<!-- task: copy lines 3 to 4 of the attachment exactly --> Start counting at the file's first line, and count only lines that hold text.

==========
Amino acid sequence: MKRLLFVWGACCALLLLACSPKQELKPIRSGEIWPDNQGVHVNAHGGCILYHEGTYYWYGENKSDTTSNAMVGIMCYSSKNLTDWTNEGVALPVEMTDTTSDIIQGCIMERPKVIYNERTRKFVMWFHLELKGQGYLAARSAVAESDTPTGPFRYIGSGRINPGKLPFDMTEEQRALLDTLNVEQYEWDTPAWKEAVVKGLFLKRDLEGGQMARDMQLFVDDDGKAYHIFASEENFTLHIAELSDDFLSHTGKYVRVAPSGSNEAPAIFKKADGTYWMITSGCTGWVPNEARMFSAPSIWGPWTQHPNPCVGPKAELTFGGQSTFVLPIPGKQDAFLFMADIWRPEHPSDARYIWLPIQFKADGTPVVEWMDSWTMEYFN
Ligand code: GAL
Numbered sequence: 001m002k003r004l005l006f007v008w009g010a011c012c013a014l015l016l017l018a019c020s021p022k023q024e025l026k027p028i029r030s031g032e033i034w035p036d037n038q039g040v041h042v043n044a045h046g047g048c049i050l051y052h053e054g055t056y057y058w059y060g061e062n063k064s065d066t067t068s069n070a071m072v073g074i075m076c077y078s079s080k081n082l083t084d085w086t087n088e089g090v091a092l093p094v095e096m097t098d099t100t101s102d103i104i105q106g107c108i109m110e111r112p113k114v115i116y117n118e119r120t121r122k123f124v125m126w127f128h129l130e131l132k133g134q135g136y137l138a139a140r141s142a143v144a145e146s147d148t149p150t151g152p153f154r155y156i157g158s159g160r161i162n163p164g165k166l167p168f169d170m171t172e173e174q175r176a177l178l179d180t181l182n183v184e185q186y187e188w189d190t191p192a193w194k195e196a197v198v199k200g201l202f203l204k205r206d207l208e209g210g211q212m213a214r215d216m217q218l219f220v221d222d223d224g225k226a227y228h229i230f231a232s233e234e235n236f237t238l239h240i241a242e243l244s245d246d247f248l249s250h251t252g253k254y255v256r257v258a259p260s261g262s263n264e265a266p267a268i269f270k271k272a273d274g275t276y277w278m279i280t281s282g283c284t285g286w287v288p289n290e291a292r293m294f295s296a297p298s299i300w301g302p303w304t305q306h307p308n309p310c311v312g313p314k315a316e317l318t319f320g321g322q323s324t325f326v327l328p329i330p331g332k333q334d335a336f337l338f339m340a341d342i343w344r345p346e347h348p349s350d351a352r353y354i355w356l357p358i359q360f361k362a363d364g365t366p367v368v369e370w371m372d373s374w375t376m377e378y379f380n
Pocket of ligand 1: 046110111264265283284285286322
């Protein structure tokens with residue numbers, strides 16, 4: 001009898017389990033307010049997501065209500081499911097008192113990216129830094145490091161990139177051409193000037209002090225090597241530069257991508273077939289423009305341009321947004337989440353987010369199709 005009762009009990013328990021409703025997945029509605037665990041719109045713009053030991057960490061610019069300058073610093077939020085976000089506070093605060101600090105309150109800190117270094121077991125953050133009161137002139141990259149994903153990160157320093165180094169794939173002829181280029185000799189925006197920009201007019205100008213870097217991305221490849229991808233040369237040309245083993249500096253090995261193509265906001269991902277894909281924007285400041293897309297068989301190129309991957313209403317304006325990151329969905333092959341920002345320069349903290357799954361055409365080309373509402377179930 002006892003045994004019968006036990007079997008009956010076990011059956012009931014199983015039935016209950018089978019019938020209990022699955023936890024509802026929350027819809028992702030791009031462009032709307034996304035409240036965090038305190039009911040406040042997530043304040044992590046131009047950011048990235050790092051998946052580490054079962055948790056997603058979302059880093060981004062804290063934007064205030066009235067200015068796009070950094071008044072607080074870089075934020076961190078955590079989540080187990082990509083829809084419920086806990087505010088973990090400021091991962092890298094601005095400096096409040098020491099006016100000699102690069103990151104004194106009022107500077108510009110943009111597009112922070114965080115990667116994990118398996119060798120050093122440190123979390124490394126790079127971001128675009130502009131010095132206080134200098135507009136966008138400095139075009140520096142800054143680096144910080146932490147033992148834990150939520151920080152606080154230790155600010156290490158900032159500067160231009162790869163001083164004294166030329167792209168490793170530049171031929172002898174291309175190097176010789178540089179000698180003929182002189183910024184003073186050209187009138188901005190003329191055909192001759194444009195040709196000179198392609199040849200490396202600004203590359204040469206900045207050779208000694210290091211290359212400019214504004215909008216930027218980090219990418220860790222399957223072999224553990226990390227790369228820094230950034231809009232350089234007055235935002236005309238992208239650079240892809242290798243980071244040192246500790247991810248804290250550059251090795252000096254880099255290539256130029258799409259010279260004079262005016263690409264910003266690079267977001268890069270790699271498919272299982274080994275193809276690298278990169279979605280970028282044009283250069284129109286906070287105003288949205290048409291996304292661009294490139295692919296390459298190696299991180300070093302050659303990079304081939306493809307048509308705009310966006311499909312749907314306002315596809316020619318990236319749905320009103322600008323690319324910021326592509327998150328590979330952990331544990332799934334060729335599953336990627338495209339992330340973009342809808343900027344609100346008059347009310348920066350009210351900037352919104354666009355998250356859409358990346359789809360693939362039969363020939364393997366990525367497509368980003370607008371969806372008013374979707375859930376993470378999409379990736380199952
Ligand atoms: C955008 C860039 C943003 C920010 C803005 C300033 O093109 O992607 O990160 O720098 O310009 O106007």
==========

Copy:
Numbered sequence: 001m002k003r004l005l006f007v008w009g010a011c012c013a014l015l016l017l018a019c020s021p022k023q024e025l026k027p028i029r030s031g032e033i034w035p036d037n038q039g040v041h042v043n044a045h046g047g048c049i050l051y052h053e054g055t056y057y058w059y060g061e062n063k064s065d066t067t068s069n070a071m072v073g074i075m076c077y078s079s080k081n082l083t084d085w086t087n088e089g090v091a092l093p094v095e096m097t098d099t100t101s102d103i104i105q106g107c108i109m110e111r112p113k114v115i116y117n118e119r120t121r122k123f124v125m126w127f128h129l130e131l132k133g134q135g136y137l138a139a140r141s142a143v144a145e146s147d148t149p150t151g152p153f154r155y156i157g158s159g160r161i162n163p164g165k166l167p168f169d170m171t172e173e174q175r176a177l178l179d180t181l182n183v184e185q186y187e188w189d190t191p192a193w194k195e196a197v198v199k200g201l202f203l204k205r206d207l208e209g210g211q212m213a214r215d216m217q218l219f220v221d222d223d224g225k226a227y228h229i230f231a232s233e234e235n236f237t238l239h240i241a242e243l244s245d246d247f248l249s250h251t252g253k254y255v256r257v258a259p260s261g262s263n264e265a266p267a268i269f270k271k272a273d274g275t276y277w278m279i280t281s282g283c284t285g286w287v288p289n290e291a292r293m294f295s296a297p298s299i300w301g302p303w304t305q306h307p308n309p310c311v312g313p314k315a316e317l318t319f320g321g322q323s324t325f326v327l328p329i330p331g332k333q334d335a336f337l338f339m340a341d342i343w344r345p346e347h348p349s350d351a352r353y354i355w356l357p358i359q360f361k362a363d364g365t366p367v368v369e370w371m372d373s374w375t376m377e378y379f380n
Pocket of ligand 1: 046110111264265283284285286322